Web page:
Calcium is typically the cation of concern in tree fruit production. It’s used in cell wall and cell membranes inside the trees themselves and also in the fruit. Calcium also plays an important role in soil structure. Moisture levels in the soil can impact the availability of calcium. For soils where the pH is adequate, but soil calcium levels are low, gypsum can be used instead of limestone. Limestone with higher levels of calcium, rather than magnesium, is typically the best bet for orchard soils when pH adjustment is needed.
“The calcium/magnesium ratio is very important for crop quality,” Heckman said. “Calcium should be the dominant cation on your colloid.”
Soil colloids in orchards should be comprised of 68% calcium, 10% magnesium and 5% potassium. The soil cation exchange capacity can be used to calculate the amounts of each cation that should be on the soil colloid.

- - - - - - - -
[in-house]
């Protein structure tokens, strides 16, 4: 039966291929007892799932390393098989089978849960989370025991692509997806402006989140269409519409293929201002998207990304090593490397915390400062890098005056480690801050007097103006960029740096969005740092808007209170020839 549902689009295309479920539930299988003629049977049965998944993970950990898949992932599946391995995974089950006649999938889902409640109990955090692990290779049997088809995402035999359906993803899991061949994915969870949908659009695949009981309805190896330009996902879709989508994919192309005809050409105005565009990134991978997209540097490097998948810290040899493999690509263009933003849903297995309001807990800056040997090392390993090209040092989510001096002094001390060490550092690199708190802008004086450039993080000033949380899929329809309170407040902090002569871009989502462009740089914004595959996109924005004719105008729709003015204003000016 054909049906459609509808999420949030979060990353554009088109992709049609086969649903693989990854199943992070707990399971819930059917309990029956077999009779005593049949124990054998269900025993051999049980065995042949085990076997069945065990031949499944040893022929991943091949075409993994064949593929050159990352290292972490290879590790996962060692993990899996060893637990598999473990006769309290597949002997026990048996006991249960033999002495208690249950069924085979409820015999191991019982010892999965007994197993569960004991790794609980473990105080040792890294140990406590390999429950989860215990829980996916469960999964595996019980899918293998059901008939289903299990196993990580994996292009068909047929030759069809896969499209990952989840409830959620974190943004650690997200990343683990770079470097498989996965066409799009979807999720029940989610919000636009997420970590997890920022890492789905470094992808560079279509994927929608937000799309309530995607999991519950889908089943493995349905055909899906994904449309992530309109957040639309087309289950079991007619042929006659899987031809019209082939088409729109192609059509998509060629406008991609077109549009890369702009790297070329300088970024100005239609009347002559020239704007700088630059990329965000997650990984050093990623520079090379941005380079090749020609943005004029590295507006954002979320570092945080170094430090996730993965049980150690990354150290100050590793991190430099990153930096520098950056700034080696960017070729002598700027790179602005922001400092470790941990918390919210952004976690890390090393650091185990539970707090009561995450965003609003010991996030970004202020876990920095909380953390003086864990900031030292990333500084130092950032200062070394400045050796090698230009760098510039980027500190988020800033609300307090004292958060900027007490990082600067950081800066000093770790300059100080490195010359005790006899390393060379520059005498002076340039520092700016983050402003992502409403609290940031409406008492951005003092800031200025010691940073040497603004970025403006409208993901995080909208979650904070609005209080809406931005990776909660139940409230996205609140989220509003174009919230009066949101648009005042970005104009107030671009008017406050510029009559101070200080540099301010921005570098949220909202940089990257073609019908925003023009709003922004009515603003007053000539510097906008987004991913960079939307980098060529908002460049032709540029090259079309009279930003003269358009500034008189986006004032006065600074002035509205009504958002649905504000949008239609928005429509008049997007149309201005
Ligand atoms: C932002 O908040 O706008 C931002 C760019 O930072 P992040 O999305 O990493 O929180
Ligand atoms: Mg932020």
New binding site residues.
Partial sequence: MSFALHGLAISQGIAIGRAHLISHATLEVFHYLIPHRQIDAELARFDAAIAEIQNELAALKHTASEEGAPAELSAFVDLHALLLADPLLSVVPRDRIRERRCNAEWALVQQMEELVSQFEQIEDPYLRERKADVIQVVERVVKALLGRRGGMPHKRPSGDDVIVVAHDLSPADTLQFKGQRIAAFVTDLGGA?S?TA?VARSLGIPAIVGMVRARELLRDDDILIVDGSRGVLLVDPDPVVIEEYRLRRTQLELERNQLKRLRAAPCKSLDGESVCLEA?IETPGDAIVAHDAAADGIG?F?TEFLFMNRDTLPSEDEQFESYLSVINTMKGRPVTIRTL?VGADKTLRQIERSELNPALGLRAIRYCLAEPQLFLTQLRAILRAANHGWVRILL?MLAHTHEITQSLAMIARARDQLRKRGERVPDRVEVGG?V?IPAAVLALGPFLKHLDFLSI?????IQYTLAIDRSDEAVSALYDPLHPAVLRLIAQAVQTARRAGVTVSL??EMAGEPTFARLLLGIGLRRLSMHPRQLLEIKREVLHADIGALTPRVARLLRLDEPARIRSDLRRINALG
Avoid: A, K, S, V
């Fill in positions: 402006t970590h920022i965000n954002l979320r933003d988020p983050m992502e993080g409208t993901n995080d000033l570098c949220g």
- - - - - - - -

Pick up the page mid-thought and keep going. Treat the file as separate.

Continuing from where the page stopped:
It is difficult to get calcium into fruit, as calcium moves up the tree with transpiration and becomes immobile, not moving once it’s incorporated. Calcium goes more readily to leaves and growing shoots because these parts transpire more than fruits.
Foliar application of calcium sprays enables fruit growers to attempt to correct low levels in fruits. These applications need to start very early in fruit formation, and be performed regularly in order to be effective. A soluble form of calcium must be used. Potassium should not be applied when plant cells are actively dividing, as it will decrease calcium availability to the fruit. Certain cultivars have more issues with calcium deficiency in the fruit than do others.
Bark splitting in trees indicates a calcium deficiency, and bitter pit occurs when calcium levels in the fruit are low.